Fintechs have attracted the attention of investors in 2020 as contactless payments surged in popularity, lenders boosted their product offerings and credit scoring companies became more valuable. This resulted in a number of mega-deals being announced despite the surge of the coronavirus pandemic. Industry observers believe high valuations could signal that some companies in the fintech industry are overvalued.
The year started off with a massive deal when Visa said it would acquire Plaid, a San Francisco-based fintech that enables applications to connect with users’ bank accounts, for $5.3 billion in January. The following month Intuit revealed plans to buy San Francisco-based Credit Karma for $7.1 billion. Then, Mastercard said it planned to acquire Salt Lake City-based Finicity for nearly $1 billion in June – a deal that got the DOJ green light last month. The three mega-deals total $13 billion and two of them are facing headwinds as the U.S. Justice Department’s antitrust attorneys take a closer look.
“Valuations are too high and it very much feels like a bubble, but it’s also a reflection of the public markets,” said Don Butler, managing director of Thomvest Ventures, an evergreen cross-stage venture capital fund based in San Francisco with $500 million in assets. Thomvest Ventures was founded in 1996 by Peter J. Thomson, a director of Thomson Reuters Corp.
Other tech industries are following suit. Companies such as Lemonade, a New York-based (and deeply unprofitable) fintech insurance carrier that uses artificial intelligence and behavioral economics to offer renters, homeowners and pet health insurance, are trading at very high valuations after going public.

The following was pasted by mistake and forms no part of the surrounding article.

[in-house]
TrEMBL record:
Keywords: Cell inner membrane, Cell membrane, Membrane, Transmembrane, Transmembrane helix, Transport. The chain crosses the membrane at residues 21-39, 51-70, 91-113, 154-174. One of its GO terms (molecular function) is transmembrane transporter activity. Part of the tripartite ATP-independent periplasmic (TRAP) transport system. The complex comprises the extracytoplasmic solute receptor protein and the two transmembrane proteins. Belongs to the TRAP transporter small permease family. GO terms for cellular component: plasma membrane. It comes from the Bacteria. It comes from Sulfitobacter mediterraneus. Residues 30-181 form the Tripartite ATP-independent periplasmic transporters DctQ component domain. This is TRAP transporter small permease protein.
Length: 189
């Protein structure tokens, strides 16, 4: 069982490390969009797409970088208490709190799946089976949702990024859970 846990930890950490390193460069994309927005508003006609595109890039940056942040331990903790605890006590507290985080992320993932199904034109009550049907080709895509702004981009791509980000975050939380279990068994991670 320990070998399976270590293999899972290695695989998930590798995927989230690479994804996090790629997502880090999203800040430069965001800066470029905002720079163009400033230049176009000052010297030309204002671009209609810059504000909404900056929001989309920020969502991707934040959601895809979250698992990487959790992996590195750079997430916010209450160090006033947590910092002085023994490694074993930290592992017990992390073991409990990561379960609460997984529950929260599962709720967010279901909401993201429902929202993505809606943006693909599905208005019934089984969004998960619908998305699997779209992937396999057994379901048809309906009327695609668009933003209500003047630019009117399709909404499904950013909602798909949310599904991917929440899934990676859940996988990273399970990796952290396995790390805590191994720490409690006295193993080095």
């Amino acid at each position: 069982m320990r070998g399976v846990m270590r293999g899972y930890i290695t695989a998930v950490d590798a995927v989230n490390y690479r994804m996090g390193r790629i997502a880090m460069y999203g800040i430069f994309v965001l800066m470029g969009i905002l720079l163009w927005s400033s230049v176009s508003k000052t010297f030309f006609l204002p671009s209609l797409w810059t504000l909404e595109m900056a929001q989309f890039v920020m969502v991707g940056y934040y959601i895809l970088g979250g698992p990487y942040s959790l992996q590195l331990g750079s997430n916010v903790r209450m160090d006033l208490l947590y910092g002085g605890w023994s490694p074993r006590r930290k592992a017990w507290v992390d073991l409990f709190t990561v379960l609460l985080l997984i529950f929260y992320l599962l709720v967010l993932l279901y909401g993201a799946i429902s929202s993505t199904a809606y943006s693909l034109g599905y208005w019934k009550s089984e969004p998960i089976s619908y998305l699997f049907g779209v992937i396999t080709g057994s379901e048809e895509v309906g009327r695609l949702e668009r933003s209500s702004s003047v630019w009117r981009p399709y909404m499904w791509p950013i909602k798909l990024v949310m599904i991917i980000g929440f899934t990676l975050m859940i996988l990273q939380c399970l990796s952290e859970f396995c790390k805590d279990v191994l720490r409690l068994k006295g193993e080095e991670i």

This causes a domino effect and other insurtech companies “point to those as the benchmark for what can be achieved and hence the public market valuations are being reflected in venture valuations,” Butler said.
The billion-dollar deal sizes are noteworthy, but VC investment in the late stage for all industries tends to be higher valuation as the exit markets improve, said Mitch Kitamura, managing partner at DNX Ventures, a Tokyo and San Mateo, California-based early-stage VC firm focusing on B2B startups.
While the valuations appear to be high, it is unlikely the recent trend of mega deals “qualifies as a bubble since many of them include fintech startups that make money and have been growing at a steady pace,” he said.
Investors are also nervous about the stock market and concerned about a decline in 2021 as growth in the economy contracts and are instead stashing their investment dollars into private companies. Some investors prepare for downturns, Kitamura said.
Entrepreneurs should view this time as an opportunity for the rapidly growing, high performing startups to acquire ones that are failing to compete but have an innovative product or service, he said.
“So they do need money to acquire startups from their VC investors to not only fuel growth from a product perspective but as well for acquisition,” Kitamura said.